## DOING MATH WITH PYTHON Use Programming to Explore Algebra, Statistics, Calculus, and More! (2015)

### 1

Working with Numbers

Working with Numbers

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Let’s take our first steps toward using Python to explore the world of math and science. We’ll keep it simple now so you can get a handle on using Python itself. We’ll start by performing basic mathematical operations, and then we’ll write simple programs for manipulating and understanding numbers. Let’s get started!

**Basic Mathematical Operations**

The *Python interactive shell* is going to be our friend in this book. Start the Python 3 IDLE shell and say “hello” (see __Figure 1-1__) by typing print('Hello IDLE') and then pressing ENTER. (For instructions on how to install Python and start IDLE, see __Appendix A__.) IDLE obeys your command and prints the words back to the screen. Congratulations—you just wrote a program!

When you see the >>> prompt again, IDLE is ready for more instructions.

*Figure 1-1: Python 3 IDLE shell*

Python can act like a glorified calculator, doing simple computations. Just type an expression and Python will evaluate it. After you press ENTER, the result appears immediately.

Give it a try. You can add and subtract numbers using the addition (+) and subtraction (–) operators. For example:

>>> **1 + 2**

3

>>> **1 + 3.5**

4.5

>>> **-1 + 2.5**

1.5

>>> **100 – 45**

55

>>> **-1.1 + 5**

3.9

To multiply, use the multiplication (*) operator:

>>> **3 * 2**

6

>>> **3.5 * 1.5**

5.25

To divide, use the division (/) operator:

>>> **3 / 2**

1.5

>>> **4 / 2**

2.0

As you can see, when you ask Python to perform a division operation, it returns the fractional part of the number as well. If you want the result in the form of an integer, with any decimal values removed, you should use the floor division (//) operator:

>>> **3 // 2**

1

The floor division operator divides the first number by the second number and then rounds down the result to the next lowest integer. This becomes interesting when one of the numbers is negative. For example:

>>> **-3 // 2**

-2

The final result is the integer lower than the result of the division operation (-3/2 = -1.5, so the final result is -2).

On the other hand, if you want just the remainder, you should use the modulo (%) operator:

>>> **9 % 2**

1

You can calculate the power of numbers using the exponential (**) operator. The examples below illustrate this:

>>> **2 ** 2**

4

>>> **2 ** 10**

1024

>>> **1 ** 10**

1

We can also use the exponential symbol to calculate powers less than 1. For example, the square root of a number *n* can be expressed as *n*^{1/2} and the cube root as *n*^{1/3}:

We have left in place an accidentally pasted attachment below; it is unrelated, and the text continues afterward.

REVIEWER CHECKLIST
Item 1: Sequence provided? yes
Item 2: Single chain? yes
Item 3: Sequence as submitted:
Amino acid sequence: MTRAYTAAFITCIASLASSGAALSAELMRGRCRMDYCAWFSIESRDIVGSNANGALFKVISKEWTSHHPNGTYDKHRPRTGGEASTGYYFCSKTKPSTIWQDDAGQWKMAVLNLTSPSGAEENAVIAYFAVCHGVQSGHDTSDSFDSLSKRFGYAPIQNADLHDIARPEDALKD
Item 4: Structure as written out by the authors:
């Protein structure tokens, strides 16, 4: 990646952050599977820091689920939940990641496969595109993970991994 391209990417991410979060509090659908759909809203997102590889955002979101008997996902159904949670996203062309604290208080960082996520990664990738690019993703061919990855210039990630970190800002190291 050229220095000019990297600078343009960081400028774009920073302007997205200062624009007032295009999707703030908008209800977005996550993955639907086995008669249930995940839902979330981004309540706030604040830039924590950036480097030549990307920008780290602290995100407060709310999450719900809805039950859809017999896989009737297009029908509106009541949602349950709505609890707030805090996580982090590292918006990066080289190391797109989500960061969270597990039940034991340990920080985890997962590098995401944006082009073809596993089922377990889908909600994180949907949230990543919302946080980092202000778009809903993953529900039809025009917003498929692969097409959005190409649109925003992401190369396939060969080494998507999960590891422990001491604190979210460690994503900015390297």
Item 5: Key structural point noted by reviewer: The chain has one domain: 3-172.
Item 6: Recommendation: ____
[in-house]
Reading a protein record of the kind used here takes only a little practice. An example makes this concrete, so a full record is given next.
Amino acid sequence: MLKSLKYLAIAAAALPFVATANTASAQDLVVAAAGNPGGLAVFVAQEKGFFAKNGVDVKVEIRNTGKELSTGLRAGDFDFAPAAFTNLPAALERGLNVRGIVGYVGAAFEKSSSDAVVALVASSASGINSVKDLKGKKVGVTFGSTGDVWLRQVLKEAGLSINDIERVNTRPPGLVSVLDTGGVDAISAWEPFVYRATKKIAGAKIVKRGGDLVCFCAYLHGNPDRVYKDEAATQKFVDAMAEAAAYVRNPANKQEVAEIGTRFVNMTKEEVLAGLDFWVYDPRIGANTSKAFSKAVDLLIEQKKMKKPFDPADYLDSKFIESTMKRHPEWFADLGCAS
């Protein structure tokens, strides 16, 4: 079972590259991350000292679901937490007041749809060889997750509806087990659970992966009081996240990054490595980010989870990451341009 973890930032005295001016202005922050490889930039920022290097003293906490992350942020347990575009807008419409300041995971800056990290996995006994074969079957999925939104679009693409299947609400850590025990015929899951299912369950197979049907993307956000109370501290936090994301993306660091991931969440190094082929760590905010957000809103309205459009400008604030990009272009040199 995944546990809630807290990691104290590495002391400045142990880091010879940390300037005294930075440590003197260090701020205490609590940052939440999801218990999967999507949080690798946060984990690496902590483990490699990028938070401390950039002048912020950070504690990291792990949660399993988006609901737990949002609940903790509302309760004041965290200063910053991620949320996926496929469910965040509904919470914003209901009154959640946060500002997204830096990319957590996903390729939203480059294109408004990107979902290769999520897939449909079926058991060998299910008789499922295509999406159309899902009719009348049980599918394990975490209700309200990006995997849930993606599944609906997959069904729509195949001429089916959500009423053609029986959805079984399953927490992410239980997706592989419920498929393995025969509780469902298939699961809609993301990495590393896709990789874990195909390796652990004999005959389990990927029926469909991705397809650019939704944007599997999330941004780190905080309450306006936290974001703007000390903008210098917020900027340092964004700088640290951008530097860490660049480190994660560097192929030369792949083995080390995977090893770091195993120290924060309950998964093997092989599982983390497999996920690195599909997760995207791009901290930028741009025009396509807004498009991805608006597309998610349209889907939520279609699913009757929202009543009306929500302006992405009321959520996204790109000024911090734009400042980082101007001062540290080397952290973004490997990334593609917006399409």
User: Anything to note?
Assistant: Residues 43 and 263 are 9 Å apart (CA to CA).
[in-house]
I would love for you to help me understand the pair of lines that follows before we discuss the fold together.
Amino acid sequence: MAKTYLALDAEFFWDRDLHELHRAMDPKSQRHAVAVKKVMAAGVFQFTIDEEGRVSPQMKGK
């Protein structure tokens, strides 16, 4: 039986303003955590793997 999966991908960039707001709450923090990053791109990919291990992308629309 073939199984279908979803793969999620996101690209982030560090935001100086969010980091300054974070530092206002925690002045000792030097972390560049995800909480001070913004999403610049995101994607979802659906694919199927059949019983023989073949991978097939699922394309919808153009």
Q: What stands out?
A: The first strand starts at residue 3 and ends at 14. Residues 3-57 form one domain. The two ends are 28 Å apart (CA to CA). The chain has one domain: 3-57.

>>> **8 ** (1/3)**

2.0

As this example shows, you can use parentheses to combine mathematical operations into more complicated expressions. Python will evaluate the expression following the standard *PEMDAS* rule for the order of calculations—parentheses, exponents, multiplication, division, addition, and subtraction. Consider the following two expressions—one without parentheses and one with:

>>> **5 + 5 * 5**

30

>>> **(5 + 5) * 5**

50

In the first example, Python calculates the multiplication first: 5 times 5 is 25; 25 plus 5 is 30. In the second example, the expression within the parentheses is evaluated first, just as we’d expect: 5 plus 5 is 10; 10 times 5 is 50.

These are the absolute basics of manipulating numbers in Python. Let’s now learn how we can assign names to numbers.

**Labels: Attaching Names to Numbers**

As we start designing more complex Python programs, we’ll assign names to numbers—at times for convenience, but mostly out of necessity. Here’s a simple example:

➊ >>> **a = 3**

>>> **a + 1**

4

➋ >>> **a = 5**

>>> **a + 1**

6

At ➊, we assign the name a to the number 3. When we ask Python to evaluate the result of the expression a + 1, it sees that the number that a refers to is 3, and then it adds 1 and displays the output (4). At ➋, we change the value of a to 5, and this is reflected in the second addition operation. Using the name a is convenient because you can simply change the number that a points to and Python uses this new value when a is referred to anywhere after that.

This kind of name is called a *label*. You may have been introduced to the term *variable* to describe the same idea elsewhere. However, considering that *variable* is also a mathematical term (used to refer to something like *x* in the equation *x* + 2 = 3), in this book I use the term *variable* only in the context of mathematical equations and expressions.

**Different Kinds of Numbers**

You may have noticed that I’ve used two kinds of numbers to demonstrate the mathematical operations—numbers without a decimal point, which you already know as *integers*, and numbers with a decimal point, which programmers call *floating point numbers*. We humans have no trouble recognizing and working with numbers whether they’re written as integers, floating point decimals, fractions, or roman numerals. But in some of the programs that we write in this book, it will only make sense to perform a task on a particular type of number, so we’ll often have to write a bit of code to have the programs check whether the numbers we input are of the right type.

Python considers integers and floating point numbers to be different *types*. If you use the function type(), Python will tell you what kind of number you’ve just input. For example:

>>> **type(3)**

<class 'int'>

>>> **type(3.5)**

<class 'float'>

>>> **type(3.0)**

<class 'float'>